Container-nursery operations are moderate to highly intensive systems, that primarily produce plants in small (1-gallon) to large (15-gallon) containers in soilless substrates such as pine bark. Occasionally growers produce trees in containers up to 100-gallon (387 L) in volume.
A typical container-nursery may grow 50-250 species of plants at any one time, with numerous cultivars of each species, depending upon market demand and the ability of employees to care for a diverse range of plant requirements.
The primary economic production objective of these nurseries is quick turnover and high quality, and so plants are often grown closely packed, in blocks. Most plants are grown in a single season. Plants that are carried over to another year are "shifted up" to a larger container. The vast majority of plants are grown in 1-7 gallon sizes.
Irrigation water is routinely applied on a daily basis throughout much of the growing season (Mar - Nov). The majority of large growers use overhead impact sprinkler style irrigation, primarily for ease since drip or low-volume systems are time demanding to install and maintain and therefore economically impractical for small container sizes. Plants are often grown in hoop-houses from USDA hardiness zone 8 northwards, which are covered with plastic during the winter months to protect plants from freeze damage.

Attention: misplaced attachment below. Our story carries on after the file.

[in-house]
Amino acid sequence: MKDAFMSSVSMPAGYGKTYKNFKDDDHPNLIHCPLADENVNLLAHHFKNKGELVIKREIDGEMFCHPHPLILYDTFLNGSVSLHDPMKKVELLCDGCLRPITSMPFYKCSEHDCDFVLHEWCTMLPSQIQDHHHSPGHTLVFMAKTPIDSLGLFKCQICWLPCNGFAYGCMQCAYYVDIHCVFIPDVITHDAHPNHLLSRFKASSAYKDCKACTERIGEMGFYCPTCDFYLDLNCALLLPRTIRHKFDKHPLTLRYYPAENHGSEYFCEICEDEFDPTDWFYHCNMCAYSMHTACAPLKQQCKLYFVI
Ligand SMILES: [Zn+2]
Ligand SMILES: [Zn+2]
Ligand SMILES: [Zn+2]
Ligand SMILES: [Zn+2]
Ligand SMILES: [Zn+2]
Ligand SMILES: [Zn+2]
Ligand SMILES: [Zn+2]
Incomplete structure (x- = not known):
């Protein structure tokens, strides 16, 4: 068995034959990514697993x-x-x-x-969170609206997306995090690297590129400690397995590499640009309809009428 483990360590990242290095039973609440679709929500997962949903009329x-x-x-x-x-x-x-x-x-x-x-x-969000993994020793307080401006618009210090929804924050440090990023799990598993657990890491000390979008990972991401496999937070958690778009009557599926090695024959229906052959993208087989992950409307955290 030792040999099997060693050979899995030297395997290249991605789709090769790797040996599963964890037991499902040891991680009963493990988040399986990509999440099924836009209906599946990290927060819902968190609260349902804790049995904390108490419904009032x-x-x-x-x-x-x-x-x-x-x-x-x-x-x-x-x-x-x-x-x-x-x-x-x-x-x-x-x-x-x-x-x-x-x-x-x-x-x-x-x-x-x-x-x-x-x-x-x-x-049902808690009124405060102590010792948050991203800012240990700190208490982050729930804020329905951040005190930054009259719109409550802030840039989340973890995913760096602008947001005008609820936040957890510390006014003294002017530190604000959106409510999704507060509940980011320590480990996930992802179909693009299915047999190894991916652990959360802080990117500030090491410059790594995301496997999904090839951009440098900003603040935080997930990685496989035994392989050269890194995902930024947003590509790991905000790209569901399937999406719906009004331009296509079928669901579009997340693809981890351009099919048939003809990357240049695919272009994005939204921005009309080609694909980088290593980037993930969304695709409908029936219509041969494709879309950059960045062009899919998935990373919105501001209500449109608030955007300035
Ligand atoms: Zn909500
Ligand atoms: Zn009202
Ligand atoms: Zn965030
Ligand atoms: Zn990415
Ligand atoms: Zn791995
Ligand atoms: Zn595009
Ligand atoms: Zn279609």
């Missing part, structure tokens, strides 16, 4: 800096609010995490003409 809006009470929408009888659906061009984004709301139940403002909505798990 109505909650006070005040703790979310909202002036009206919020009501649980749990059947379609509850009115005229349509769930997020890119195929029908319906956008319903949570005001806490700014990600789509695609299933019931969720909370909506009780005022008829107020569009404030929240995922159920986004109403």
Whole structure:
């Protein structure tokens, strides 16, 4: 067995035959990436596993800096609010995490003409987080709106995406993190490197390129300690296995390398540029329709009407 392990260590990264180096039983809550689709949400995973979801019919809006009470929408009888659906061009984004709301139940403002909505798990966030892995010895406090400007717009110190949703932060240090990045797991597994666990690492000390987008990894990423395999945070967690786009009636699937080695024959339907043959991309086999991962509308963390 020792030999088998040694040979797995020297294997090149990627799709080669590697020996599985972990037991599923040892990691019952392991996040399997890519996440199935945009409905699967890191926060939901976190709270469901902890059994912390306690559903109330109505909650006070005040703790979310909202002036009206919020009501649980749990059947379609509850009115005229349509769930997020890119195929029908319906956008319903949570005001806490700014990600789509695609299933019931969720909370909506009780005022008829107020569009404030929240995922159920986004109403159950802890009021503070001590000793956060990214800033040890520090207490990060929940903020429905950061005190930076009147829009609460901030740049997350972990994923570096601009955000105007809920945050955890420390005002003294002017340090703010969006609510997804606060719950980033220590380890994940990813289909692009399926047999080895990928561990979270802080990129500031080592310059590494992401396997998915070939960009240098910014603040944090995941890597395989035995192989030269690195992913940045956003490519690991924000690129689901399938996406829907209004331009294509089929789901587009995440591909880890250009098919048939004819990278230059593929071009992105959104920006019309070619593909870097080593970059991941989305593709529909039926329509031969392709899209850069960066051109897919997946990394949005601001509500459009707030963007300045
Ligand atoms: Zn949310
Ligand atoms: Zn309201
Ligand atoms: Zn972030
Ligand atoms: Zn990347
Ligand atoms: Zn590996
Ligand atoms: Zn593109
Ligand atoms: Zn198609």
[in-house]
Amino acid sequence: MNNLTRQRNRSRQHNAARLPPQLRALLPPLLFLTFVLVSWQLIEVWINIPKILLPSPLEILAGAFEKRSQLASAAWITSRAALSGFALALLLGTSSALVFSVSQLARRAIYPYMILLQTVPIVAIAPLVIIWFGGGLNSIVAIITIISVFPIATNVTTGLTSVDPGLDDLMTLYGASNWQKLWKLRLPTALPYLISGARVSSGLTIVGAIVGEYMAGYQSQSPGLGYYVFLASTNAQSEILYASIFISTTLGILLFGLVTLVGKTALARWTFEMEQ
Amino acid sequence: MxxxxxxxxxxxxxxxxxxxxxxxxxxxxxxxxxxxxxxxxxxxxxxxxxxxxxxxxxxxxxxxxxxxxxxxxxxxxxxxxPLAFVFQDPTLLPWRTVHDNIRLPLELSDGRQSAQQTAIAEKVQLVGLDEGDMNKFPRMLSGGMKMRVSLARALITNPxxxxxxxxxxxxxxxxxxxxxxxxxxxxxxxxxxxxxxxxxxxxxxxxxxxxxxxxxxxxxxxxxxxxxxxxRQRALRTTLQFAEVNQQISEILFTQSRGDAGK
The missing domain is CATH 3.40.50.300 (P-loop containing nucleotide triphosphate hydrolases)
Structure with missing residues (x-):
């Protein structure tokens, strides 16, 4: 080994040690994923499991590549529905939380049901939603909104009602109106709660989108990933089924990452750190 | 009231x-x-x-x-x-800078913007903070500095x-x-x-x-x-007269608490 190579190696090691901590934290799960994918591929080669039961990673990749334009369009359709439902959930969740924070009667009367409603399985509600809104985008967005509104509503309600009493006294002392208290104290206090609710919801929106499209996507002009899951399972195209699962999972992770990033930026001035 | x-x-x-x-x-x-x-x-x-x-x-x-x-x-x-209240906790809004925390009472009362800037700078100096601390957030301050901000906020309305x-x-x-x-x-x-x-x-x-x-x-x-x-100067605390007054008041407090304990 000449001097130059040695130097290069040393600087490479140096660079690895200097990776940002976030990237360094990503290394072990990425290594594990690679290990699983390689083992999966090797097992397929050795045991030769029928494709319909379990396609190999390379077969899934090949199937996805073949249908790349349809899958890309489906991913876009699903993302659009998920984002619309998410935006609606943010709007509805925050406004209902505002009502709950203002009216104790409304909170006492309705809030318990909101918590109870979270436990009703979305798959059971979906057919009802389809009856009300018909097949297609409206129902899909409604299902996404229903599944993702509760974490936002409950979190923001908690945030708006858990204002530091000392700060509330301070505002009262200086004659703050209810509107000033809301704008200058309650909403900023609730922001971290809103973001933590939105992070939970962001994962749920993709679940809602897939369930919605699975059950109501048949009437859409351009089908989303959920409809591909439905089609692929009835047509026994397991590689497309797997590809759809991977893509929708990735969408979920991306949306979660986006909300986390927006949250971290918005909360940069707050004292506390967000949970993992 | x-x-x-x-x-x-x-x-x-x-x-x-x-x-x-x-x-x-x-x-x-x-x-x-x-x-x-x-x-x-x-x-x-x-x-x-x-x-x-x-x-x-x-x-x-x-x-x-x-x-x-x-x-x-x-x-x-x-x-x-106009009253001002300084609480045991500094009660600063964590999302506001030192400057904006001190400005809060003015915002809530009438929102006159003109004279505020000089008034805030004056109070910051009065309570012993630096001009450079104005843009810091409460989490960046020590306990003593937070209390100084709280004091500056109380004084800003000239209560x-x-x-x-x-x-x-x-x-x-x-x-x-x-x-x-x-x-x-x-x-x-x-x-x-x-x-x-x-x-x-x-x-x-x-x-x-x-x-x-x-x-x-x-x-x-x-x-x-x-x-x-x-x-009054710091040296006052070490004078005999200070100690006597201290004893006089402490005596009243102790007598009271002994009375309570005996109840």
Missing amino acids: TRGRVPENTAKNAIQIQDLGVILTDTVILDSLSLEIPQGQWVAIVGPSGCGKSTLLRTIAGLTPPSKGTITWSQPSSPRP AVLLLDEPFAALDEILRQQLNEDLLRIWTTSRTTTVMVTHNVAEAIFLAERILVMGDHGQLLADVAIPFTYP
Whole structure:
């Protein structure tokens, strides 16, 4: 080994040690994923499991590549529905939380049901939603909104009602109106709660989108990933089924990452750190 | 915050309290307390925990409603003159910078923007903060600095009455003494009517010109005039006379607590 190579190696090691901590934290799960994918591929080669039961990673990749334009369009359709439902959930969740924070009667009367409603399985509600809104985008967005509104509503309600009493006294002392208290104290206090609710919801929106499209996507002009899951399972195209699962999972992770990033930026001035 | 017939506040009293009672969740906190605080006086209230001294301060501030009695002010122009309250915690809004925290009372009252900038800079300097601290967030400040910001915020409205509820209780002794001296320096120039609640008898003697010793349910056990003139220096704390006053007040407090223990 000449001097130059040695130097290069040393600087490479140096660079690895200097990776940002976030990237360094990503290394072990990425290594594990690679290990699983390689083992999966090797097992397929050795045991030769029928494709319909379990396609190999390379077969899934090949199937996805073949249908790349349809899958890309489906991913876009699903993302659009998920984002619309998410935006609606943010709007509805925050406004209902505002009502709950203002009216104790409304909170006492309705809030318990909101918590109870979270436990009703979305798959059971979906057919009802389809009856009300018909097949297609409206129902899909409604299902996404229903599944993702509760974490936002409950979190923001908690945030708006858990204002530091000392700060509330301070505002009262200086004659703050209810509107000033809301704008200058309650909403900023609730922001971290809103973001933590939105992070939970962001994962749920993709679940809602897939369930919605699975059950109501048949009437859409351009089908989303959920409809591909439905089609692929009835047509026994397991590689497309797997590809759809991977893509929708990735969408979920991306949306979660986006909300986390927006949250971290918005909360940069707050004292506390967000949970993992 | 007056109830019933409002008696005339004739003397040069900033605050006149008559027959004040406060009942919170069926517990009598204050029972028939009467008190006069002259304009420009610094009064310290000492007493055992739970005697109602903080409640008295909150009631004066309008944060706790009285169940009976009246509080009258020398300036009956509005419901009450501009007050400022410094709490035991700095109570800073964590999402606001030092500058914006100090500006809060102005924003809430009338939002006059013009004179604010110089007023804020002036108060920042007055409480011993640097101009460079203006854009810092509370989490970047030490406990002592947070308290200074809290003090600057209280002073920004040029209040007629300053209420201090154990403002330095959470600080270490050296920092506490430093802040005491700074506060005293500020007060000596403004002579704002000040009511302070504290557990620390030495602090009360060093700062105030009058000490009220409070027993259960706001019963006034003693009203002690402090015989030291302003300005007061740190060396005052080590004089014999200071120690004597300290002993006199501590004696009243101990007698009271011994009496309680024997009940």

Fertilizers are often incorporated or top-dressed. Slow-release fertilizers are a recognized best management practice that aids in reducing nutrient runoff. While many operations capture runoff in containment ponds to recycle water and nutrients, there are still a large number of operations that discharge 100% of irrigation runoff into non-recycling basins.